Early Life Stress in Mice Impairs Gut Immune Regulation and Leads to Worsened Future Colonic Inflammation

A new study shows early life stress exposure reduces local corticosterone production, predisposing mice to enhanced chronicity of intestinal inflammation

New York, NY, March 14, 2023 – Early life stress (ELS) in mice can disrupt the gut immune response, leading to longer-lasting intestinal inflammation and a worsened future disease state than control mice not exposed to ELS, according to a new study published in Inflammatory Bowel Diseases. With support from the Crohn’s & Colitis Foundation Environmental Triggers Initiative, researchers at the University of Alabama at Birmingham found ELS can reduce colon-specific corticosterone production, altering the gut microbiome and sensitizing the intestinal immune system to future inflammatory bowel disease (IBD). The mouse model study is part of the team’s three-year research project on early life stress, which also features an ongoing clinical research study of youth with IBD (ages 11-18).


IBD, which includes Crohn’s disease and ulcerative colitis, is believed to be driven by multiple, complex interactions of genetic and environmental factors. ELS can lead to reduced hypothalamic-pituitary-adrenal (HPA) axis function and predispose to increased severity of systemic inflammatory disease. These studies outline the specific mechanisms of how early life stressors can weaken the immune system and increase disease susceptibility later in life.


In this mouse model study, researchers compared two groups of mice with IBD and exposed one group to ELS. In the ELS group, newborn mice were prematurely weaned and separated from their mothers. In the control group, the mice remained with their mothers and weaned naturally. Both groups were later chemically induced with moderate to severe colitis. Mice exposed to ELS displayed reduced plasma and colonic corticosterone (a steroid hormone that regulates the stress response in animals and known as cortisol in humans.) Additionally, the induction of colitis after ELS exposure resulted in reduced activation of glucocorticoid synthesis genes, increased levels of the proinflammatory factor TNF (Tumor Necrosis Factor), and enhanced chronicity of intestinal inflammation.


“Stress exposure during the formative years of life impairs gut immune response, which suggests those susceptible to IBD may deal with severe health consequences later in life,” said the study’s Principal Investigator, Jennifer S. Pollock, Ph.D., Professor, University of Alabama Heersik School of Medicine.  “By better understanding the specific mechanisms of how early life stress impacts the gut, we hope to one day identify potential novel stress biomarkers and ultimately, treatment targets, for IBD patients who experienced early childhood adversity.”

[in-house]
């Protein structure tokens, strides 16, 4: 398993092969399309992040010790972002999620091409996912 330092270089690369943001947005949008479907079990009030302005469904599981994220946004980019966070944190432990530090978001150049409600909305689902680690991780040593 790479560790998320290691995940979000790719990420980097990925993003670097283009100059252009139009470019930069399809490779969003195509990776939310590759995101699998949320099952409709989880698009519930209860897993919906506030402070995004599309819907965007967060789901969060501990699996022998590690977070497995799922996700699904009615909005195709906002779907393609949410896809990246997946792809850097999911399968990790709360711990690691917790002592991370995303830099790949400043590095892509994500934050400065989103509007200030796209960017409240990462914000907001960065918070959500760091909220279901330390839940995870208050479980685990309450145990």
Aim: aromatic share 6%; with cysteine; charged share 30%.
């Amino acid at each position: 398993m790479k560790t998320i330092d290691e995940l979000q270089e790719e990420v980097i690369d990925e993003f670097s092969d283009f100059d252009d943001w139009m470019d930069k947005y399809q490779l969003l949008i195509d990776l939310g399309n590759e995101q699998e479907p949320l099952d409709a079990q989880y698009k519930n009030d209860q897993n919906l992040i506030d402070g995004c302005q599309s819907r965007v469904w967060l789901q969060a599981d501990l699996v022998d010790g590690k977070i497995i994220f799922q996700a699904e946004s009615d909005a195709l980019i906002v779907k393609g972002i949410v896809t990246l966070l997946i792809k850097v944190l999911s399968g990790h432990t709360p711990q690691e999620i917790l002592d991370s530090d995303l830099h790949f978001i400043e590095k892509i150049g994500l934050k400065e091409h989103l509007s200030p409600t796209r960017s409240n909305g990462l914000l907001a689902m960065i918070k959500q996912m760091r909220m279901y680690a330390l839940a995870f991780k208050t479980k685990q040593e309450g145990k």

“In 2017 we conceived and launched the Environmental Triggers Initiative focused on the understanding of how different environmental factors like psychological stress impact IBD,” said Andrés Hurtado-Lorenzo, Ph.D., VP of Translational Research & IBD Ventures at the Foundation, who leads this initiative. “I am thrilled to see that our strategic vision and investment attracted top stress researchers like Dr. Jennifer Pollock to the field of IBD and this is paying handsomely, leading to the understanding of how exposure to ELS alters IBD patients’ biology and contributing to worse disease outcomes.”


Click here to read full study in Inflammatory Bowel Diseases.



About the Crohn’s & Colitis Foundation 

The Crohn's & Colitis Foundation is the leading non-profit organization focused on both research and patient support for inflammatory bowel disease (IBD), with the mission of curing Crohn's disease and ulcerative colitis, and of improving the quality of life of the millions of Americans living with IBD. The Foundation’s work is dramatically accelerating the research process through investment in research initiatives, while also providing extensive educational and support resources for patients and their families, medical professionals, and the public. For more information, visit crohnscolitisfoundation.org, call 888-694-8872, or email [email protected]



Crohn's & Colitis Foundation

The Crohn's & Colitis Foundation is a non-profit, volunteer-fueled organization dedicated to finding the cures for Crohn's disease and ulcerative colitis, and to improving the quality of life of children and adults affected by these diseases. It was founded in 1967 by Irwin M. and Suzanne Rosenthal, William D. and Shelby Modell, and Henry D. Janowitz, M.D.